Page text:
Many Employers Not Prioritising Financial Wellbeing At Work - CIPD

The COVID-19 pandemic has made financial wellbeing at work one of the hottest topics for both employers and employees. As a result, the importance of employee benefits -- particularly protection products -- has never been greater. However, new research reveals that many employers are not prioritising financial wellbeing at work.

According to the Chartered Institute of Personnel and Development (CIPD), less than half of organisations have provided support for employees to help tackle the financial pressures they are experiencing due to the pandemic.

The CIPD’s Reward Management survey found that 49% of employers admitted to not having a financial wellbeing policy. Furthermore, just 12% of the 420 companies polled said they had either already introduced, or were planning to introduce, a financial wellbeing programme in the wake of the pandemic.

Meanwhile, less than a quarter (24%) of employers had explored how the crisis had impacted employees’ financial wellbeing.

[Related reading: Employees Want Better Benefits In The Wake Of Covid]

Financial wellbeing at work programmes considered the ‘poor relation to wellbeing’

Charles Cotton, senior performance and reward adviser at the CIPD, said the results of the survey dramatically underline how some employers are not considering the impact that financial wellbeing at work has on employees, as well as how protection products can help. This is highlighted by the fact 20% of leaders surveyed admitted they did not think financial wellness benefits would contribute to employees’ wellbeing.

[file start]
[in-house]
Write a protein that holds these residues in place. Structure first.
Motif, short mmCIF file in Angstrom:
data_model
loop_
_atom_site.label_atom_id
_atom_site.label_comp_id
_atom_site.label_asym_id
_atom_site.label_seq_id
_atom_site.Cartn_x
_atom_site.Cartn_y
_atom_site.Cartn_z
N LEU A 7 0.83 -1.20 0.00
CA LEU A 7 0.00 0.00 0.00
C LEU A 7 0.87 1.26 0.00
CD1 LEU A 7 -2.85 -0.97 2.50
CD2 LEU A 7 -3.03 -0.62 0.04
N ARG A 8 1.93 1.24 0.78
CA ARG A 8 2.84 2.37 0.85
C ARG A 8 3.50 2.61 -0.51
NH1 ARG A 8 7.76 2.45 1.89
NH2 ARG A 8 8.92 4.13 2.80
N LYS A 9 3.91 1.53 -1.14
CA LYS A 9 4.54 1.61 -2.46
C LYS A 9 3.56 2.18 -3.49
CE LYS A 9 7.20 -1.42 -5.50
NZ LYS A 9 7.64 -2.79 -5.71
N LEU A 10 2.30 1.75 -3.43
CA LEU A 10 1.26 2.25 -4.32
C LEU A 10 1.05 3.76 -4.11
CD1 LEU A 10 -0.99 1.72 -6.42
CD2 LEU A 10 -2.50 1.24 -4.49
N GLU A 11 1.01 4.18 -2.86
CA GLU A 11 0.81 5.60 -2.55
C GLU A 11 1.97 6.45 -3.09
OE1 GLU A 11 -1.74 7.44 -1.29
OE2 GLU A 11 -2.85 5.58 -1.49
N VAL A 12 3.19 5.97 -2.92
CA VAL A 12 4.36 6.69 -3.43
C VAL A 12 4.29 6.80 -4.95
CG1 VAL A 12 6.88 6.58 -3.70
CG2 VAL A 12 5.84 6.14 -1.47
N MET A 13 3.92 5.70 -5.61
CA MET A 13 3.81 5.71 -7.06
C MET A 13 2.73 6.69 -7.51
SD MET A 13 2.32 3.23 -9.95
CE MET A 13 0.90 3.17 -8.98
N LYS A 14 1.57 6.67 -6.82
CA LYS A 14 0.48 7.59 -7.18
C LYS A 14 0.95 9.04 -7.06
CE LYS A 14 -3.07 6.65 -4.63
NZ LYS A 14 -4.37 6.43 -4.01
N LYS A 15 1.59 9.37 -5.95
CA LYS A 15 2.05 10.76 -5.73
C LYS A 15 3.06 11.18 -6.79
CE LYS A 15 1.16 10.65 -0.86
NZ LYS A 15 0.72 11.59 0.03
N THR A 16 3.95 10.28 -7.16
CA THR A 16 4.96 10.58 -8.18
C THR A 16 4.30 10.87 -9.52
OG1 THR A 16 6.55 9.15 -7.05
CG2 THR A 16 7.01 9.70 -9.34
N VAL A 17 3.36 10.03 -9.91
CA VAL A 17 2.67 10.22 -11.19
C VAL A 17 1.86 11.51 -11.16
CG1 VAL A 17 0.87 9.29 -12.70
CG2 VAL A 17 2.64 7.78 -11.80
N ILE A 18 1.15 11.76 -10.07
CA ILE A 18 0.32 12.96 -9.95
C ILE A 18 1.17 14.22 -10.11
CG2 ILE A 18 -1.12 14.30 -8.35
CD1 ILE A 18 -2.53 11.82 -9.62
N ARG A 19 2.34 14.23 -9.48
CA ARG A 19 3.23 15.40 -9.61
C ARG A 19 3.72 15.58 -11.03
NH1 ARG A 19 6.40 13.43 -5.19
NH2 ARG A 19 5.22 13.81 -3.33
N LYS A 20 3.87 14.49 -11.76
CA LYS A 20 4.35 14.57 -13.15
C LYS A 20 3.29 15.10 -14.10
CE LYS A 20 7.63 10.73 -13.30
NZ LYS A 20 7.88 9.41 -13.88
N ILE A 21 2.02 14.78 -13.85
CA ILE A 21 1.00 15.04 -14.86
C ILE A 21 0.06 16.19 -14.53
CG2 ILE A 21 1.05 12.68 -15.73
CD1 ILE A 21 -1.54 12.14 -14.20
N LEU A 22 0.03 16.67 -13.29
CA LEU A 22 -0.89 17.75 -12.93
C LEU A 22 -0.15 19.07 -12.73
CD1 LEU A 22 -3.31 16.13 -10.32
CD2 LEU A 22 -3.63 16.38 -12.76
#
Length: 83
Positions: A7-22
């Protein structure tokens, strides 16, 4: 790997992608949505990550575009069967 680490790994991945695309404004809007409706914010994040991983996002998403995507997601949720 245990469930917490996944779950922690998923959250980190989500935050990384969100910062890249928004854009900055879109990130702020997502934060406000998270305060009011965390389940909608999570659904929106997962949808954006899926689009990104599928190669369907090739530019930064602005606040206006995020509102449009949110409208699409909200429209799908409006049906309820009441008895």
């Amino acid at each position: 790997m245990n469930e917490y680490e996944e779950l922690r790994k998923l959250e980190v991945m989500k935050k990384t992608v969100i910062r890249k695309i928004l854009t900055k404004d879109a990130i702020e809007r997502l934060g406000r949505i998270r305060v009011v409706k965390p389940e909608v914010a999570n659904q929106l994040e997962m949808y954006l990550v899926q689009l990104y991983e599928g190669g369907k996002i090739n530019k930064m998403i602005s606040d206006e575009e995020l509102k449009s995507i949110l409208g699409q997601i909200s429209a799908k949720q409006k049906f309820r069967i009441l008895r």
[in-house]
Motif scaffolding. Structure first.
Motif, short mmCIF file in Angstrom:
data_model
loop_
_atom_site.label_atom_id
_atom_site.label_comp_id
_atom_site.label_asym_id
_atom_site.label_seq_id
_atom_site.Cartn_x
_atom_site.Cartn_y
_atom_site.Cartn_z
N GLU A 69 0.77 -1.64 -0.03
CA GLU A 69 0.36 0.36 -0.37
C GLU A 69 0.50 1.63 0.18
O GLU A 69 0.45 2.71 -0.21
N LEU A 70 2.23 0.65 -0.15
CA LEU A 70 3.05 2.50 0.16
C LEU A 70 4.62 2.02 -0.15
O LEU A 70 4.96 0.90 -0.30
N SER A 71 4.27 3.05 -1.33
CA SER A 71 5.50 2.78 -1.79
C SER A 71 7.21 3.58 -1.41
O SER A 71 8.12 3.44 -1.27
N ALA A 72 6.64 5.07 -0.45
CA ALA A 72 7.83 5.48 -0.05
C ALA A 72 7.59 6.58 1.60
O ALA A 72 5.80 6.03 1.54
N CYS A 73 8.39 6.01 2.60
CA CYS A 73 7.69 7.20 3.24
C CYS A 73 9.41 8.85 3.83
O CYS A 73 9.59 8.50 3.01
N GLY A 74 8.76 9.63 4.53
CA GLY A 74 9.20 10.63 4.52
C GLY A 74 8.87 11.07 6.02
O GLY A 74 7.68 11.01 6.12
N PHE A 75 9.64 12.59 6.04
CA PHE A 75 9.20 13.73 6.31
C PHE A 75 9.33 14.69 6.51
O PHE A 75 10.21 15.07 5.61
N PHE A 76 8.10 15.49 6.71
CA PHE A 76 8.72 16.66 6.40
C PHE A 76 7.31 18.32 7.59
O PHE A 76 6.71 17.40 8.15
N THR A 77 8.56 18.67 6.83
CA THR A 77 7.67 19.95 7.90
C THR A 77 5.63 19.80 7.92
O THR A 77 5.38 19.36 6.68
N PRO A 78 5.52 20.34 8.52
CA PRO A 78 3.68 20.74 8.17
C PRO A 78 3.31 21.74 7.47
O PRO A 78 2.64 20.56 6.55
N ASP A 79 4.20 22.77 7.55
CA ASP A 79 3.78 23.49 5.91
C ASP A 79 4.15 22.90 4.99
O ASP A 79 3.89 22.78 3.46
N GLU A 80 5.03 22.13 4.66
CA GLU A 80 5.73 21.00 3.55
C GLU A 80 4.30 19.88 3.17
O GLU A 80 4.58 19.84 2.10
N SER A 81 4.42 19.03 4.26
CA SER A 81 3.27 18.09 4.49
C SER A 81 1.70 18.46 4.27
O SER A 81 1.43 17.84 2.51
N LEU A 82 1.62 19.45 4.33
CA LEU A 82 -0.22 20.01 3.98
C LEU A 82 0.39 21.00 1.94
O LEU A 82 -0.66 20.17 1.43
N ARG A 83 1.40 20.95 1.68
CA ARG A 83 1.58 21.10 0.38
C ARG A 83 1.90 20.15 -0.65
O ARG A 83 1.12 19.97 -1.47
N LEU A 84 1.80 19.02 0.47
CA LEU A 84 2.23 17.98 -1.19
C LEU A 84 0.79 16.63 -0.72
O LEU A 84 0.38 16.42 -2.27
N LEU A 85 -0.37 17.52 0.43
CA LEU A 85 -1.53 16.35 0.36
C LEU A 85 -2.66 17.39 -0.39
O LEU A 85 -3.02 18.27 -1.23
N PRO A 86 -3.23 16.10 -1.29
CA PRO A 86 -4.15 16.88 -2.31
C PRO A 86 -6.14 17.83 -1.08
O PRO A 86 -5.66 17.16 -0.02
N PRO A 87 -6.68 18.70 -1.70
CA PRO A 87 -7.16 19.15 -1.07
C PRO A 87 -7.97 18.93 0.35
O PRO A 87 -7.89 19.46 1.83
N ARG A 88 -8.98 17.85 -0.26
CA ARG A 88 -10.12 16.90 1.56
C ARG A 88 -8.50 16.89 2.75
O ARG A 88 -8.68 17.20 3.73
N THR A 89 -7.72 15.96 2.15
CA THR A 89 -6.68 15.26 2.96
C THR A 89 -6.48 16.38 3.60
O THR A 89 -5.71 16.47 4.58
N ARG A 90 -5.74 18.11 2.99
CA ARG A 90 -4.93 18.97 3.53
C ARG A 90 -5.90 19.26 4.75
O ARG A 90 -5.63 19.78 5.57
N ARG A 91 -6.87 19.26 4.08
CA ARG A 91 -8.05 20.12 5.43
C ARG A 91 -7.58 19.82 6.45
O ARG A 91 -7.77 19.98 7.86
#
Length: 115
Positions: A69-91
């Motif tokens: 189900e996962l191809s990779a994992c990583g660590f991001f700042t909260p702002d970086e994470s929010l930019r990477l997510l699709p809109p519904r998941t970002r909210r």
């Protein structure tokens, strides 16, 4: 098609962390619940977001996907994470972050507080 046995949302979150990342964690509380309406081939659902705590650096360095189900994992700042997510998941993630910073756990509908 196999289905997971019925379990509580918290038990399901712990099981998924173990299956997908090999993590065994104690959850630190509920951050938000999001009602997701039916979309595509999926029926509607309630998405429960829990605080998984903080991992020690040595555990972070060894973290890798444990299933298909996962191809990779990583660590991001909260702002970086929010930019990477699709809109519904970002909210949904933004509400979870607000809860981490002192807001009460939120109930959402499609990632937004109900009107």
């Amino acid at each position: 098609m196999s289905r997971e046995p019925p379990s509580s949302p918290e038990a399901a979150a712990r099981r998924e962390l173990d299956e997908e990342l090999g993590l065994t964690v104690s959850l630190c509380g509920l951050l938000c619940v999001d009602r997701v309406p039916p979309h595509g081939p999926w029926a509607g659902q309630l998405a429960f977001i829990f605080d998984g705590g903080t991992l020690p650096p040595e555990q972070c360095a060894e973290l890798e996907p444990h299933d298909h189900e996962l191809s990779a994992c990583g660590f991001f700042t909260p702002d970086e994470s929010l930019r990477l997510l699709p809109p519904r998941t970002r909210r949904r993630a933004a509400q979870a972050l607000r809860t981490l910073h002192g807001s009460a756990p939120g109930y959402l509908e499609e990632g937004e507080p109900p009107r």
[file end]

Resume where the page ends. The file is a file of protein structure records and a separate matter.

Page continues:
He said: “For too long financial wellbeing programmes have been considered the poor relation to wellbeing, but we know the two are intrinsically linked and should have parity... While we fully acknowledge how tough it is for businesses right now, with many just focusing on surviving, we think there’s a strong case for employers to be doing more to support their people’s financial wellbeing”.

Less than 1 in 5 organisations planning on becoming an accredited Living Wage Foundation employer

The report also revealed how a significant proportion of employers do not have meeting certain base pay standards on their agendas. Indeed, just 19% said they were planning or considering becoming an accredited Living Wage Foundation employer; while only 30% said the COVID-19 pandemic had triggered them to consider how fair the pay and benefits they offer are.

Cotton added that the pandemic has had a serious detrimental impact on many employees’ finances, especially with many losing their jobs and others seeing their income fall.

“It should also be said that every employee stands to benefit from having better access to financial wellbeing support, particularly at key life stages, such as when they are starting out, becoming a parent or retiring,” he said.

Despite the survey results revealing only 7% of organisations were changing pay to reflect home working (or have plans to do so), more than a quarter (26%) indicated they would be changing the amount they spend on employee benefits in 2021.

Are you protected?

Do your employee benefits include protection products? If they don’t, there is a chance they’re not working in your employees’ (or your) best interests to safeguard financial wellbeing at work.

Chat with one of our professional advisers today and find out exactly how protection products can benefit both you and your employees.

Author: Gill Adams - Head of SME Growth